Zanzibar is famous for its spices which wrap the whole island in a delicious smell. Cinnamon, cloves, pepper, vanilla and many other spices grow on the spice plantations of the island and enrich the Zanzibari cuisine. The Zanzibari food is exotic and spicy flavoured. The coconut is used for almost every dish. The basic food consists of rice (pilau), corn and manioc which are often boiled to a mash and served with a vegetable sauce and round, flat, unleavened bread (chapatis). Moreover spicy meat stews highly seasoned with chilli are very popular with the Zanzibaris. In the midst of the Indian Ocean, fish and seafood of course have a major importance. At best one orders his fish directly fresh from the grill. Alternatively one can also choose a delightful curry in one of the many Indian restaurants on the island. Then as dessert one gets spoiled with fresh fruits like mango, papaya or pineapple. In addition, these fruits are processed to tasty fruit juices and milk shakes. Besides hot coffee and chai tea is drunk with pleasure. But also alcohol, like beer, wine or palm schnapps (mnazi) is served. Zanzibar caters for all tastes.
Zanzibar, immediately situated to the south of the equator, is ruled by a tropical warm climate. The annual average temperature amounts 26.5°C. It is especially warm from December to March and the hottest month is February. At that time the thermometer rises temporarily up to 39°C. This warm period is removed by the first rainy season (masika) which continues from March till the end of May and is marked by strong rainfall. The average precipitation in this time amounts to 249 mms. During the second rainy season (vuli) from November to December some drifting clouds move sporadically over the island. Moderate downpours are possible. The ideal holiday season for tourists lies between these two rainy seasons from July to October. Then, a fresh sea breeze blows over the island and provides for pleasant temperatures about 25°C. The average water temperature at the beaches of Zanzibar amounts 27°C.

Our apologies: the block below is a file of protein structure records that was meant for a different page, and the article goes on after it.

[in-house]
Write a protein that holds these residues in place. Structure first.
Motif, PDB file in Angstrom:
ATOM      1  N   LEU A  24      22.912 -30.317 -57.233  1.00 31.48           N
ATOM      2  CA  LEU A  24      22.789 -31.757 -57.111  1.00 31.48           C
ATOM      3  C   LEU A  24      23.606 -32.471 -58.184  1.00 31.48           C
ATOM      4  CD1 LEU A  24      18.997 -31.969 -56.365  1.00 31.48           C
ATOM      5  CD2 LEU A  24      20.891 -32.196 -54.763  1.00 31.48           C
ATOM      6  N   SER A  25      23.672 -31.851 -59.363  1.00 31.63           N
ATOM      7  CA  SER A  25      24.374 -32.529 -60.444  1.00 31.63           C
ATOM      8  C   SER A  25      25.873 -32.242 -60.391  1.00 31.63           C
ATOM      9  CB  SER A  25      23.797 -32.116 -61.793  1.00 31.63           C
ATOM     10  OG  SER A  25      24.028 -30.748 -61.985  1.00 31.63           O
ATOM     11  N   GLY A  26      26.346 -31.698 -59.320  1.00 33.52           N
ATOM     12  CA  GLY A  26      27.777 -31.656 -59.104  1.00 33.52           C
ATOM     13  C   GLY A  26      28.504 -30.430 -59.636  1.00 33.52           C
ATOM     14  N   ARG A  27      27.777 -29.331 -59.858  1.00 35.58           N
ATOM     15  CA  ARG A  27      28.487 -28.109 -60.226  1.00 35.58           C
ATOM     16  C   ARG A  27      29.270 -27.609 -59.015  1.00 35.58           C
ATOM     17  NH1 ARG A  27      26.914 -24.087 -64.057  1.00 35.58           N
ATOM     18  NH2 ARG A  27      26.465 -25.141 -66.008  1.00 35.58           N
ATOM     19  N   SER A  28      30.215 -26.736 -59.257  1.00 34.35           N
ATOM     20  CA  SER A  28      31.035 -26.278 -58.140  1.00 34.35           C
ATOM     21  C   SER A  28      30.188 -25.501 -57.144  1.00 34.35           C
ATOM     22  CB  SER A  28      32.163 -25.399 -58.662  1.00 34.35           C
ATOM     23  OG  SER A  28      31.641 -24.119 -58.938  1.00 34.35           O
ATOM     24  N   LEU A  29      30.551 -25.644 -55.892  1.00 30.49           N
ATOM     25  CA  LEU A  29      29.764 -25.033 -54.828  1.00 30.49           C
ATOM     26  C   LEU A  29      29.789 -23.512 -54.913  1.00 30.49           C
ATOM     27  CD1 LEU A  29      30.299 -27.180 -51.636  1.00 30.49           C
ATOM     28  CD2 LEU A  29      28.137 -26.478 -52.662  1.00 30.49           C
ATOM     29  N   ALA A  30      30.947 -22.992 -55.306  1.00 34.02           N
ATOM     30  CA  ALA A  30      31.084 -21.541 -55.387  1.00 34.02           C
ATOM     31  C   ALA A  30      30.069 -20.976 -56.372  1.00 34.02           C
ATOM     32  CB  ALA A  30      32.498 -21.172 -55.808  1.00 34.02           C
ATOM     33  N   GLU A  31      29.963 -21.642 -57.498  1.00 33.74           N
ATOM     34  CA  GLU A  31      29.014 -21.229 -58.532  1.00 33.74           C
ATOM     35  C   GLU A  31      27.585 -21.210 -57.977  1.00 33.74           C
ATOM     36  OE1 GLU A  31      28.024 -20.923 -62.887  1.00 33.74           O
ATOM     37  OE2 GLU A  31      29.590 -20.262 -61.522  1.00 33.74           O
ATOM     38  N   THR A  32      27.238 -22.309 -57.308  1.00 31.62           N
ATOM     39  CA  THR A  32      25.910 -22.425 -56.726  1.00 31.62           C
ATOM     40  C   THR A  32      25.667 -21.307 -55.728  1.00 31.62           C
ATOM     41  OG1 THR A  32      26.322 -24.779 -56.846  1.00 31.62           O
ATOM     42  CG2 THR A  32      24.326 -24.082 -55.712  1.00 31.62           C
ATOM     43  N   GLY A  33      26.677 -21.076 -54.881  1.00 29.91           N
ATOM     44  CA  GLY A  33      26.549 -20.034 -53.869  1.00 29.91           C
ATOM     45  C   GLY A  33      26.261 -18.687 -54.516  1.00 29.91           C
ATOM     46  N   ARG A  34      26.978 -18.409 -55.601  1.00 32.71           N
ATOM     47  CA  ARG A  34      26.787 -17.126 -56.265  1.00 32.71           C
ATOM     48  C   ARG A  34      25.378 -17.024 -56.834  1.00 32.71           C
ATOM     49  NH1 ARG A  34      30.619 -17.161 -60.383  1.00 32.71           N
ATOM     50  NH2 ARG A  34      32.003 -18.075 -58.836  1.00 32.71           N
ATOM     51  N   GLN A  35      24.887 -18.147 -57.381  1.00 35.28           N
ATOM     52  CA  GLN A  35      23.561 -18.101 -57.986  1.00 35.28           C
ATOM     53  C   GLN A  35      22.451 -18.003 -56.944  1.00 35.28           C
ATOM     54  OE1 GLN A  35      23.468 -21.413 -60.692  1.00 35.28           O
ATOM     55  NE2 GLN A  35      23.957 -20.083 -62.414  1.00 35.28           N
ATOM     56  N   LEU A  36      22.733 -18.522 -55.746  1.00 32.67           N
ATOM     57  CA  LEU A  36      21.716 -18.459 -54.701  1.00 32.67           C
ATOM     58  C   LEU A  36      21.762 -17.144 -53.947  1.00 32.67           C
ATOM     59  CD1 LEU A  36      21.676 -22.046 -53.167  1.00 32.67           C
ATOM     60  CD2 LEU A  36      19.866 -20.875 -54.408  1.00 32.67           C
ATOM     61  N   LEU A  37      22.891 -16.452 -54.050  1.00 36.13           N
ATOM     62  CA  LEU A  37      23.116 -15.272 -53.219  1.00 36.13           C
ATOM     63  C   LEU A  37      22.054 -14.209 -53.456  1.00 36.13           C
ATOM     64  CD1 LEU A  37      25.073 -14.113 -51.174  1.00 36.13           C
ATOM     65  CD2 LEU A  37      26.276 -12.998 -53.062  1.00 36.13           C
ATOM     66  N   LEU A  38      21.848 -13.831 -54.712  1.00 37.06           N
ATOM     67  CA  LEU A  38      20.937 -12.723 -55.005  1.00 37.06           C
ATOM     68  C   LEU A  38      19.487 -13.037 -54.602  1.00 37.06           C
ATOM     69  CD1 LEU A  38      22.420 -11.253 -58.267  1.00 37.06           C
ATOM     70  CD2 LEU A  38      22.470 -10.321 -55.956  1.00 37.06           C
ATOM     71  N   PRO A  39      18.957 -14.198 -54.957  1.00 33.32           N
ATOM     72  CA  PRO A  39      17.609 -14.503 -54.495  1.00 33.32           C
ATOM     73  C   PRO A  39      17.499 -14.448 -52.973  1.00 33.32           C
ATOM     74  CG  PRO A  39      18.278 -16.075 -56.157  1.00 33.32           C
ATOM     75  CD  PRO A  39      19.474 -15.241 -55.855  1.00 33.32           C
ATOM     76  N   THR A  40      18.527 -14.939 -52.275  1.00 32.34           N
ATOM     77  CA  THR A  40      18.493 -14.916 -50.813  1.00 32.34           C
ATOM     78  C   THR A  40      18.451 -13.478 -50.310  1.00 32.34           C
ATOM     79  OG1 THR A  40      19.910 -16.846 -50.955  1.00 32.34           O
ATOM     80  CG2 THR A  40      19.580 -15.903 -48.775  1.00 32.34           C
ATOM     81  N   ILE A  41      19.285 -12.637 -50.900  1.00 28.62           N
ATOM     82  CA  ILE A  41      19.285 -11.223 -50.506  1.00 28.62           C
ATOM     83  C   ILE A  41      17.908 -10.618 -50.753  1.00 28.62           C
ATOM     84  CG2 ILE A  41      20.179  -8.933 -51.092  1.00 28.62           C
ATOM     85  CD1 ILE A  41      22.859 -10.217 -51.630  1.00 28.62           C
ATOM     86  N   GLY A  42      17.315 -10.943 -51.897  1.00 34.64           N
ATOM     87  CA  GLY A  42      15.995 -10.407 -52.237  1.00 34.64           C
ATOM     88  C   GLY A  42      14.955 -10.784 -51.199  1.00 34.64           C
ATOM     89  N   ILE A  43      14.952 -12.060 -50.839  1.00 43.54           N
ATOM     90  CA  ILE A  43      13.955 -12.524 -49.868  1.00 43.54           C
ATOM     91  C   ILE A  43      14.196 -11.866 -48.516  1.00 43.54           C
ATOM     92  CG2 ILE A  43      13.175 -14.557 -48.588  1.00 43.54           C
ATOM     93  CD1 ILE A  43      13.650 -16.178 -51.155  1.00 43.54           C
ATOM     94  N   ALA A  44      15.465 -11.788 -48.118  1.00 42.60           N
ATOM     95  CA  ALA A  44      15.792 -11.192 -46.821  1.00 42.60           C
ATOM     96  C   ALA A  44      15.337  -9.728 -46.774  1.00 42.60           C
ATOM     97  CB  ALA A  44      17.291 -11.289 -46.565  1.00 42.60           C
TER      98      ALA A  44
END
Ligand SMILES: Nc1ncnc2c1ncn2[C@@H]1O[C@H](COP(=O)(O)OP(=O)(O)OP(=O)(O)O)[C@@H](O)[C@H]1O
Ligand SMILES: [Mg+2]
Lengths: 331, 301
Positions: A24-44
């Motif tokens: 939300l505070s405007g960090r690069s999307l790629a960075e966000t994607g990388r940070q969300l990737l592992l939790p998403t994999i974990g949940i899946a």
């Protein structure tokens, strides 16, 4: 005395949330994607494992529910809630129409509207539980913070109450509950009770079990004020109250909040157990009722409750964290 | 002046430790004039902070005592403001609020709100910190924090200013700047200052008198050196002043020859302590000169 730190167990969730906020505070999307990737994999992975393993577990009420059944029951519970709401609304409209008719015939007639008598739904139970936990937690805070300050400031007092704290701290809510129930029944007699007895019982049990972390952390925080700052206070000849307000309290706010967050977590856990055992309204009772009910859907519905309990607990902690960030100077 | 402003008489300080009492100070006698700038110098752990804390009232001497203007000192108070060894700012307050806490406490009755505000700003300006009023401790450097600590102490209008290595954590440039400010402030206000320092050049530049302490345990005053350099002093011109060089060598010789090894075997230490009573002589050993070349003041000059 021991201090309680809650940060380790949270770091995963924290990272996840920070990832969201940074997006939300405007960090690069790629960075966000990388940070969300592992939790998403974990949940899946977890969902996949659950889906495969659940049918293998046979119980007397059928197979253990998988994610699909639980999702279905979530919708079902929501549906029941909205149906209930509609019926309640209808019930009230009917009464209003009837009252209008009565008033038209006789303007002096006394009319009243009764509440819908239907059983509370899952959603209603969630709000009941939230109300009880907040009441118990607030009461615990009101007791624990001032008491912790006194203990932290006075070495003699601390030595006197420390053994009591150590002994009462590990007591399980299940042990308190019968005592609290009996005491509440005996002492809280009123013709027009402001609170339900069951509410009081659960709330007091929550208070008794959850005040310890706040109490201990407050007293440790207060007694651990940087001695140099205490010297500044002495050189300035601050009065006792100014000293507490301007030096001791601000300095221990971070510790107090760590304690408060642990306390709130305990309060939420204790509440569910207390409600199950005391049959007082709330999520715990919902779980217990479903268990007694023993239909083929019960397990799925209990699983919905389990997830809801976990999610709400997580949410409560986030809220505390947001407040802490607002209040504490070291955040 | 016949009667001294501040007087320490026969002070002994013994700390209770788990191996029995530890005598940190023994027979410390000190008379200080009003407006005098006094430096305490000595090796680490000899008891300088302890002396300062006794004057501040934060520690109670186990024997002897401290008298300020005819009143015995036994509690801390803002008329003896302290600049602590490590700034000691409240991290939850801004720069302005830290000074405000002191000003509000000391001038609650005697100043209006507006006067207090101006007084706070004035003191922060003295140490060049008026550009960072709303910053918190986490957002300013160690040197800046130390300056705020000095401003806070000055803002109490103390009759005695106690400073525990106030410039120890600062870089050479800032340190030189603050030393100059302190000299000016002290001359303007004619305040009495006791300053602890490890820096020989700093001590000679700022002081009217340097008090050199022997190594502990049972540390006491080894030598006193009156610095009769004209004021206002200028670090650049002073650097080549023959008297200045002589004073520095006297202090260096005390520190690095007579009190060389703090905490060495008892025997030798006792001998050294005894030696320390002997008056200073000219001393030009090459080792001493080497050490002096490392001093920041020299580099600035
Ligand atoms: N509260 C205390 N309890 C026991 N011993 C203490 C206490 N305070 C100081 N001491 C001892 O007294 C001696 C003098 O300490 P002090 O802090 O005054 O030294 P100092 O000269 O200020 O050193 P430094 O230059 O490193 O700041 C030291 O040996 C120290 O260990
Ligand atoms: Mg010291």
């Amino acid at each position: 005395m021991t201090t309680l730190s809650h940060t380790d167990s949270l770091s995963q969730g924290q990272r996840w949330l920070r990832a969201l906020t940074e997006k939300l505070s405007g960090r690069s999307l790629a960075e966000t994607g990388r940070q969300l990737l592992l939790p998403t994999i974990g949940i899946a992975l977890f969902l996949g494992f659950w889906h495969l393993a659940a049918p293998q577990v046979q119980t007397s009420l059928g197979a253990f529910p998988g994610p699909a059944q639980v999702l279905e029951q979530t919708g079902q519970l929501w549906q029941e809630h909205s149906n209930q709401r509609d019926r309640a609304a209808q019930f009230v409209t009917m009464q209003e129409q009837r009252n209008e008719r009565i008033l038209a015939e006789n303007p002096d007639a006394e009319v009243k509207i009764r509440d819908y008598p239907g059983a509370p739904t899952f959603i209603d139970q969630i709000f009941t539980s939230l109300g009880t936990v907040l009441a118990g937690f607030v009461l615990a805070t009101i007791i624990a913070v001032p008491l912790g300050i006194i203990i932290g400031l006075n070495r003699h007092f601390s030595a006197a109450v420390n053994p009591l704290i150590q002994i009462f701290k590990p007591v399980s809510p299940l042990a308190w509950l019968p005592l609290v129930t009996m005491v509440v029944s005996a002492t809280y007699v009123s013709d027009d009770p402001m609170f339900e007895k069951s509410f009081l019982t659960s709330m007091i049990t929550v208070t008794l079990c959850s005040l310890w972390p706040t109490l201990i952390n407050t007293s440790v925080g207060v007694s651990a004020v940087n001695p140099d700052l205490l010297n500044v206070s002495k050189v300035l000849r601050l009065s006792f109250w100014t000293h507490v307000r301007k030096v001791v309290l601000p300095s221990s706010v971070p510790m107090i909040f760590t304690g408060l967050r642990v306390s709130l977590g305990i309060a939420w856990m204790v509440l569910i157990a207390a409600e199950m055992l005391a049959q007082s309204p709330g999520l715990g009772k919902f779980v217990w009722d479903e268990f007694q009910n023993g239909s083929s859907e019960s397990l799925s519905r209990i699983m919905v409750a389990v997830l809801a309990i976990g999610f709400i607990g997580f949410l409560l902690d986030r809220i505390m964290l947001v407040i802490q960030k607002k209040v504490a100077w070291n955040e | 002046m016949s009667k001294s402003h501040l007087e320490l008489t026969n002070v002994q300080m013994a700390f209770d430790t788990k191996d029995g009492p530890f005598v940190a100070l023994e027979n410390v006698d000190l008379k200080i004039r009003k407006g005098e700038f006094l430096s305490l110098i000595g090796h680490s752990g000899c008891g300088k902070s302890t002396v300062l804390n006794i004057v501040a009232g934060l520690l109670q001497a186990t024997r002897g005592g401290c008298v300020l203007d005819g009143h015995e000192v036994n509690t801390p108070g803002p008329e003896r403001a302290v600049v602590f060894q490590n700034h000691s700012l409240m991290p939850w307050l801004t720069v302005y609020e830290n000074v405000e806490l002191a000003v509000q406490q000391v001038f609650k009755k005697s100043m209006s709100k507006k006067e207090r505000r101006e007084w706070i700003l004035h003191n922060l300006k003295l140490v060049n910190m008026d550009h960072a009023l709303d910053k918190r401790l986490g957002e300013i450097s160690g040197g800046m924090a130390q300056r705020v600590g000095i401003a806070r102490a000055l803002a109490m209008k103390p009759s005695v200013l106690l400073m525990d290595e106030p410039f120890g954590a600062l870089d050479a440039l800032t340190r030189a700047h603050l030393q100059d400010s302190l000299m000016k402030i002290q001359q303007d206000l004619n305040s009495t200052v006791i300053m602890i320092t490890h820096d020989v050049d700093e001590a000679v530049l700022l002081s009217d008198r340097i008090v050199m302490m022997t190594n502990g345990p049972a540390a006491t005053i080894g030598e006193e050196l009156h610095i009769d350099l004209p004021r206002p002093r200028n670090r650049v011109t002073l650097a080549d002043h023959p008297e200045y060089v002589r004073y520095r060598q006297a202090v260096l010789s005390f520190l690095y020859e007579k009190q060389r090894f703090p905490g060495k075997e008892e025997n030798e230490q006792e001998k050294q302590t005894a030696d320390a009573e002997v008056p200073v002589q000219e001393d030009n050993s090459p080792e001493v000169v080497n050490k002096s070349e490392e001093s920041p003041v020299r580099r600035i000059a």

A visa is required for entering into Zanzibar. Visitors can obtain visas at the Tanzanian embassy or directly at the international air and seaports of Tanzania for a charge of approx. 50 euros. A valid passport is also required. It is recommended to carry enough cash. Euros may only be exchanged at some hotels and in the big cities. Regarding to the fact that the inhabitants of Zanzibar are relatively poor you should be careful with exhibiting valuables. Furthermore it is important to avoid dark and gloomy places for ones own security. In respect of health it is advisable to vaccinate against yellow fever and malaria. Because of the infectiousness the prophylaxis of mosquito bites is very important. The mains water of Zanzibar is not for drinking. Sun lotion and, in the rainy season, waterproof clothing are absolutely essential. Zanzibar is an Islamic country. So, for example the choice of clothes should not be too provocative and tourists are advised to respect the local habits.
Zanzibar disposes of an international airport which can be approached. Most international flights to Zanzibar go through one of the big and nearby airports like Dar es Salaam, Nairobi or Mombasa. So, on the one hand Aer Lingus, Air France, Alitalia, Blue Air, British Airways, Cityjet, Condor, easyJet, Emirates, Ethiopian Airlines, Five Forty Aviation, FlyBE, Germanwings, Lufthansa, Meridiana, Norwegian, Oman Air, Precision Air, RyanAir, Wizz Air, Swiss Airlines etc. offer international flights via Dar es Salaam. On the other hand KLM, Kenya Airways, Condor etc. fly from Europe via Nairobi to Zanzibar. Then, from the big-city metropolises the journey to Zanzibar continues by an airplane of the local Airlines . These flights fulfil all international standards. Alternatively one can travel by ferry from the metropolises to Zanzibar. Between Dar es Salaam and Zanzibar ferries and hydrofoils run daily in both directions. The biggest ferry company for this route is the ‘Azam Marine’. Moreover catamarans and speed boats can be rented for the crossing. Basically visitors of the island need a valid passport and a visa when entering.
Map of Tanzania